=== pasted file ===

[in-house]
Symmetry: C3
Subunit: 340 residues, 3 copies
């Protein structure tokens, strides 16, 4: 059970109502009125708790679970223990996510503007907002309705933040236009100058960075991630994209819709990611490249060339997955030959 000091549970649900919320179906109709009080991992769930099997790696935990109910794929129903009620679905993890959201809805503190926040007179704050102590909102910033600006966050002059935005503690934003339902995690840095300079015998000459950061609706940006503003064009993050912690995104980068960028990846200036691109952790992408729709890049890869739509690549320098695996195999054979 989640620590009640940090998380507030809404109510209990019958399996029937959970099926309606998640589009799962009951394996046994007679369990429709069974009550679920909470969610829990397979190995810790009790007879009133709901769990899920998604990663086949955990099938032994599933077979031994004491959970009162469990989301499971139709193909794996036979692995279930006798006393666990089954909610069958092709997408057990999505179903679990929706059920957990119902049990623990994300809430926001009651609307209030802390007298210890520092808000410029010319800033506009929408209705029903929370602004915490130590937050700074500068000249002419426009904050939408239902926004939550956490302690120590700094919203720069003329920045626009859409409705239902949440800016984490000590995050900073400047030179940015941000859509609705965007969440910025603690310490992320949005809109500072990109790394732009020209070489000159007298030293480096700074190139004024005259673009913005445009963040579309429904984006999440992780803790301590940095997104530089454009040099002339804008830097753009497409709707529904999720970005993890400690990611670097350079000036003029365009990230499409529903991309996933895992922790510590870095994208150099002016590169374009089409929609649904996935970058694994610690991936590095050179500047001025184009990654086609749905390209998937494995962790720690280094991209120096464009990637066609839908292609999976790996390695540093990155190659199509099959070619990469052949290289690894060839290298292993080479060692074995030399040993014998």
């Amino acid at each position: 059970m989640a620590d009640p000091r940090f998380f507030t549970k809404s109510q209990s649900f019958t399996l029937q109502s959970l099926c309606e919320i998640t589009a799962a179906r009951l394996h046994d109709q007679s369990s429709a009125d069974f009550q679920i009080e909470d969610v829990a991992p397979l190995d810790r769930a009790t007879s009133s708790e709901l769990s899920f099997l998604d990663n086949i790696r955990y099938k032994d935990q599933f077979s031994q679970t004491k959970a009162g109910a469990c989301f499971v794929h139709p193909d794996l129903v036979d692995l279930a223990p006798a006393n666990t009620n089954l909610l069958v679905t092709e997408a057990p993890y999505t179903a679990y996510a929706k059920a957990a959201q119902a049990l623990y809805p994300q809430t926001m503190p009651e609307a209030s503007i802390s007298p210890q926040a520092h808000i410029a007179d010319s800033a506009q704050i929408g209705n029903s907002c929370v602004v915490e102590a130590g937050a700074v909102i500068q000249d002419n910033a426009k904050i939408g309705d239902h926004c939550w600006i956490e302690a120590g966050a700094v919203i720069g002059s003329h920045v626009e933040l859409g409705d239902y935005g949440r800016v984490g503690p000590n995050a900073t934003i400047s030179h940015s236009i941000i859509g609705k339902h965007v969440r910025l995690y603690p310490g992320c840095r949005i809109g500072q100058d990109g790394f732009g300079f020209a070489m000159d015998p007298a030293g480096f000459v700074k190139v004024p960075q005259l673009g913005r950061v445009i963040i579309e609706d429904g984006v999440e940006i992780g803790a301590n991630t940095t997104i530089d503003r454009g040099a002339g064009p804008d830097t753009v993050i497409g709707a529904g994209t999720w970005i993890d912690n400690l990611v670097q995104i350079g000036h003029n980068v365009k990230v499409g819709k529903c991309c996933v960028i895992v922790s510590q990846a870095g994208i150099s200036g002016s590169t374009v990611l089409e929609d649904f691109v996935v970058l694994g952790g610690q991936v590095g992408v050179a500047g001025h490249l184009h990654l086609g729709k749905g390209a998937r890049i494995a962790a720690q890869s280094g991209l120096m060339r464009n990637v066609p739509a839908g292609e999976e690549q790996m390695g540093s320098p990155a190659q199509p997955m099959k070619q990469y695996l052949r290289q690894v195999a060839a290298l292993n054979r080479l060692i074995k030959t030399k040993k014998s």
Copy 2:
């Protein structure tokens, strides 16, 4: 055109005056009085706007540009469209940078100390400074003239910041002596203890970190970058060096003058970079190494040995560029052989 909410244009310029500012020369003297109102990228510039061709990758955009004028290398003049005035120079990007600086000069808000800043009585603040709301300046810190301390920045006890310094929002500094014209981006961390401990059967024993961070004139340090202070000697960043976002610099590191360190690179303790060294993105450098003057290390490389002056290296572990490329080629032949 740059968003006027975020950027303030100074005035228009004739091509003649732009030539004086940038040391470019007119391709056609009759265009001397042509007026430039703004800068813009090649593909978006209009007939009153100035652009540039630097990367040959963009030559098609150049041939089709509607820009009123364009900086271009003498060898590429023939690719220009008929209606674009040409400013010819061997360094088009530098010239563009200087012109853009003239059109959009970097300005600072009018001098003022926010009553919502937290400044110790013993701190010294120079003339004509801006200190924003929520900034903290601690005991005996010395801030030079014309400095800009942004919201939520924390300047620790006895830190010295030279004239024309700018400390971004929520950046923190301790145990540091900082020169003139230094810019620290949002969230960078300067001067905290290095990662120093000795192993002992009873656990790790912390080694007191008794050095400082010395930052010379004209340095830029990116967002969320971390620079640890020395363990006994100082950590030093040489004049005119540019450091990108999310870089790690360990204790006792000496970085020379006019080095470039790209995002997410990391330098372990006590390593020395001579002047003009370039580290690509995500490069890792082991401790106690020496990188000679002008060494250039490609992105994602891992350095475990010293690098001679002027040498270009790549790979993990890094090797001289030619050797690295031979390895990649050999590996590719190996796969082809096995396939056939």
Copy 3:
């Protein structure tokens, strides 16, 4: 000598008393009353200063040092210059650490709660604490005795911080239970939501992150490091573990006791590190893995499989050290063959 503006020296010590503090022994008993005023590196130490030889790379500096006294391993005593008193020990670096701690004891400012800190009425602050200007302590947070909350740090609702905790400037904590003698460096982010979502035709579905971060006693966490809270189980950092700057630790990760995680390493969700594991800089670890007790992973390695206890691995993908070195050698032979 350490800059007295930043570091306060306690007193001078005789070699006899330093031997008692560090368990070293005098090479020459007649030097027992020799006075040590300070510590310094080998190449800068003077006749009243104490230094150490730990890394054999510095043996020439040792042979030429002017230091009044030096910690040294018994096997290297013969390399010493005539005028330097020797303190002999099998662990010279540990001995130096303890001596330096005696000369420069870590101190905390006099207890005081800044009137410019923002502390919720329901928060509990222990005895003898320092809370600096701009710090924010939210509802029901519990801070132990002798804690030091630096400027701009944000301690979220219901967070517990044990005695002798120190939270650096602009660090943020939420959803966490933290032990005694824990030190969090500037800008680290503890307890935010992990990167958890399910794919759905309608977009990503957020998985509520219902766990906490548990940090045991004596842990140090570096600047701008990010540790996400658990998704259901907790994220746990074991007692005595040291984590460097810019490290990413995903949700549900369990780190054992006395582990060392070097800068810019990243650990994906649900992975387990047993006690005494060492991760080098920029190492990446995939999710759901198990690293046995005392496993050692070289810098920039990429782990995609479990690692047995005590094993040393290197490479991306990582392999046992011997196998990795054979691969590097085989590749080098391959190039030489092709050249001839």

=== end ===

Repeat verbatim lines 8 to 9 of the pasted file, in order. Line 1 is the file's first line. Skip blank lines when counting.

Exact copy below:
Copy 3:
């Protein structure tokens, strides 16, 4: 000598008393009353200063040092210059650490709660604490005795911080239970939501992150490091573990006791590190893995499989050290063959 503006020296010590503090022994008993005023590196130490030889790379500096006294391993005593008193020990670096701690004891400012800190009425602050200007302590947070909350740090609702905790400037904590003698460096982010979502035709579905971060006693966490809270189980950092700057630790990760995680390493969700594991800089670890007790992973390695206890691995993908070195050698032979 350490800059007295930043570091306060306690007193001078005789070699006899330093031997008692560090368990070293005098090479020459007649030097027992020799006075040590300070510590310094080998190449800068003077006749009243104490230094150490730990890394054999510095043996020439040792042979030429002017230091009044030096910690040294018994096997290297013969390399010493005539005028330097020797303190002999099998662990010279540990001995130096303890001596330096005696000369420069870590101190905390006099207890005081800044009137410019923002502390919720329901928060509990222990005895003898320092809370600096701009710090924010939210509802029901519990801070132990002798804690030091630096400027701009944000301690979220219901967070517990044990005695002798120190939270650096602009660090943020939420959803966490933290032990005694824990030190969090500037800008680290503890307890935010992990990167958890399910794919759905309608977009990503957020998985509520219902766990906490548990940090045991004596842990140090570096600047701008990010540790996400658990998704259901907790994220746990074991007692005595040291984590460097810019490290990413995903949700549900369990780190054992006395582990060392070097800068810019990243650990994906649900992975387990047993006690005494060492991760080098920029190492990446995939999710759901198990690293046995005392496993050692070289810098920039990429782990995609479990690692047995005590094993040393290197490479991306990582392999046992011997196998990795054979691969590097085989590749080098391959190039030489092709050249001839």